Another dismal day and the first outing since I fell on the ice last Thursday, not because of the fall, but rather the dreary weather. At least it didn't rain. My twisted knee and jarred thumb have made a good recovery. We went back to the same Tebay Sedbergh road, but started from the other direction and walked back up to the scene of my accident, and then back again.

On a fine day the views of the river Lune descending through the gorge with the M6 carving its way high up on the opposite side would be worth the effort on this undulating road. I would certainly consider a return visit when in the mood for a road-only walk. 

We had the Howgills rising steeply straight above us and they do look tempting. I think this range of hills must be one of the least walked in England and I reckon I may be doing some exploring there in the near future.

Conditions for photgraphy were as bad as you can get, but here are a few which I have done my best to brighten up a little in Photoshop.

Blogger has decided to cut off some of the text in the stuff above. I have removed formatting and re-fomratted to no avail - will struggle on to try and solve, but as it is just about comprehensible I am leaving the post up for the moment.

Castley Knotts

Evidence of recent flood repairs. One of the many lively streams running straight off the Howgills

Three in one - the sign, the sheep, and the communications mast overlooking Borrowdale
I thought this lent itself to black and white - see below

Zoom to ponies high up on the hillside - Although not a horsey person I always feel sorry for them in this kind of weather
Camping pods, or "glamping" as they say on their Facebook site. I stayed in one similar on my Two Moors Way across Dartmoor. Google "Howgills Hideaway" if you want more info.

North up the River Lune - you can see what a dull day it was, but 'twould be different with the river sparkling in the sunshine
                     South down the River Lune. Vehicles high up on the M6 in view


Wednesday, 18 January 2017

Sir Hugh RA ?

Previous posts describe my walking the Cumbria Coastal Path in sections. The next stretch is probably the most scenic and I want to have decent weather - I am not inclined to compromise with the current sombre, grey, overcast, drizzly, depressing stuff,  so I have turned my energies to activity more creative and domiciliary.

"Painting" using Photoshop has been an intermittent pastime (well, Hockney does something similar with his iPad - he was a contemporary, albeit a year ahead of me at Bradford Grammar School).

This photo under a canal bridge was taken on a Thursday walk with Pete because the rich and varied colours and texture took my fancy.

I open the photo in Photoshop, then put a blank white layer on top. I reduce the opacity until the photo is just visible below so I can sketch in the main outlines. I then bring back the full white background and continue to paint without further use of the photo, except for looking at a copy for reference.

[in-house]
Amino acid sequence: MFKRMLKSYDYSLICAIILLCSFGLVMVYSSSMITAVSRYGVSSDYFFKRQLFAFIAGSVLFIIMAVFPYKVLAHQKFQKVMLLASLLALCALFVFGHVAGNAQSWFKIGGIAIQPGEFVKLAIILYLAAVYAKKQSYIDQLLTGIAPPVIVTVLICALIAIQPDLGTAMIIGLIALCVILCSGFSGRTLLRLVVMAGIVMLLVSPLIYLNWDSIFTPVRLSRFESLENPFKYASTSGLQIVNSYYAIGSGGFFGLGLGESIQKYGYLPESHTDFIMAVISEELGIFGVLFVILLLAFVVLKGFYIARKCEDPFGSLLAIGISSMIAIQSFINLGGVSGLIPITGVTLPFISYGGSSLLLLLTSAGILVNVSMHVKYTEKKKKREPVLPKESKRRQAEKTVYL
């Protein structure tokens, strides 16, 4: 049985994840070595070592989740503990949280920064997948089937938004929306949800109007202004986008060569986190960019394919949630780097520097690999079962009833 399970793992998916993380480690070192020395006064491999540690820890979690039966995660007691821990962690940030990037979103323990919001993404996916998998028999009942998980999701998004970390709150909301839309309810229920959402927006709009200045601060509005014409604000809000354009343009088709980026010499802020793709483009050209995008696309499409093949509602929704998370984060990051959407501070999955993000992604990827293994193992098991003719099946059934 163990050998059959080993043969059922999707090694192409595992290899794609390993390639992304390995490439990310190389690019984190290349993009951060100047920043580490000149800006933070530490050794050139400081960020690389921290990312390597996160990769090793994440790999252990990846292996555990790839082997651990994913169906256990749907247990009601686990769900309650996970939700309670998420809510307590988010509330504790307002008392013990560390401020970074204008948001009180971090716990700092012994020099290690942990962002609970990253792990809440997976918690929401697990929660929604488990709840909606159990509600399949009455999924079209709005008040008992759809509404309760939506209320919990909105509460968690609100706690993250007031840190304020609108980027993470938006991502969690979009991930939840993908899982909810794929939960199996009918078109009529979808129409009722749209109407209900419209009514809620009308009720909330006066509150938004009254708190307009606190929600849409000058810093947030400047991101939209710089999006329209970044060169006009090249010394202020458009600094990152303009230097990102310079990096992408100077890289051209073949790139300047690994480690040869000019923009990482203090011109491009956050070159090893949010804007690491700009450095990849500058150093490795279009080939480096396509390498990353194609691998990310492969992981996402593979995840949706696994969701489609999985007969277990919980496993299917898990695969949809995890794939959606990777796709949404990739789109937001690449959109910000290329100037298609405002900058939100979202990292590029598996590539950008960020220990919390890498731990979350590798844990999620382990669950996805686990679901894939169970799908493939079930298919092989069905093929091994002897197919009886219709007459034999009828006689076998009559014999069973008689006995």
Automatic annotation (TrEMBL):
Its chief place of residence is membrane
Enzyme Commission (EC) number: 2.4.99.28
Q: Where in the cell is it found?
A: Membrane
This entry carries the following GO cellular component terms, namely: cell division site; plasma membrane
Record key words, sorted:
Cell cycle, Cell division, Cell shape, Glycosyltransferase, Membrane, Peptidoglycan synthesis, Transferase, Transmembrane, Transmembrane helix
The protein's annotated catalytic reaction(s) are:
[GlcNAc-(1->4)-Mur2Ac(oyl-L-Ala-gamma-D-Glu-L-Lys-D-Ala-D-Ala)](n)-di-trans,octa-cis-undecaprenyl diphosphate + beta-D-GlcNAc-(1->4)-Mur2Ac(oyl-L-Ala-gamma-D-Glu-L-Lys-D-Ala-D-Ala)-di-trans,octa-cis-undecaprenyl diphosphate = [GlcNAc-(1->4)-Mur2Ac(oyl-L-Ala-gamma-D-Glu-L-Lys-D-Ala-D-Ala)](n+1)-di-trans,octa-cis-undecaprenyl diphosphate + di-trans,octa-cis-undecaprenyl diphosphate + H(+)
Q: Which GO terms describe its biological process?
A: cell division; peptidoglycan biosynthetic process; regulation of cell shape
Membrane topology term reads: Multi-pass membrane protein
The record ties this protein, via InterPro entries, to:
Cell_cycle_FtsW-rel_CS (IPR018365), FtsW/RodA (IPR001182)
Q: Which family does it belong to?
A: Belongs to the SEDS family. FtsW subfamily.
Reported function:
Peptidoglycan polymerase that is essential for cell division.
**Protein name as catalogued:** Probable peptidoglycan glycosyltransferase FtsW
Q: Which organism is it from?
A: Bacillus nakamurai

Here I show two stages of work-in-progress. I am not striving for an exact reproduction of the photo, or the exact colours. I would like to achieve something more loose, free, and artistic, but I don't seem to have that talent, so this will be a sort of halfway-house. The second WIP is nowhere near finished so please don't judge on it - I have just shown it to demonstrate how these creations are tackled.

Hopefully I will in due course up-date with progress or the finished item, unless my temporary wild Gulley Jimson temperament departs me. 

The lines on the outer left-hand side of the bridge and the straight water's edge lines remain (at the moment) from the sketch lines from the partly visible photo before bringing back the white background

Saturday, 7 January 2017

Watch your step

Just received this email from Bowland Climber with the caption,

"No comment"

my reply here:

Friday, 6 January 2017

Tebay Sedbergh road

5th January '17 - Thursday walk with Pete

Still suffering from one of the worst colds I can remember I agreed to my regular walk with Pete, especially as this was forecast as a cloudless, sunny day, albeit very cold, but with the forecast beyond that dire for several days.

The M6 on the way to Tebay was given a landscaping award when it was constructed for the way it sympathetically, if one dare give it that accolade, climbs through the River Lune gorge with the Howgills high on the right, and the railway in between competing for its own engineering achievement.

The river Lune appears to attempt the encirclement of the Howgills, sourcing way up in the north east of those hills, then swinging west, and then south,

Fathers now point out to their children and grandchildren a heart shaped wood on those steep Howgill slopes. It was reputed to be planted by a romantic farmer for his wife, or you can believe other more tragic myths, but the BBC have managed to undermine such heart warming, or heart stopping tales: CLICK FOR BBC  .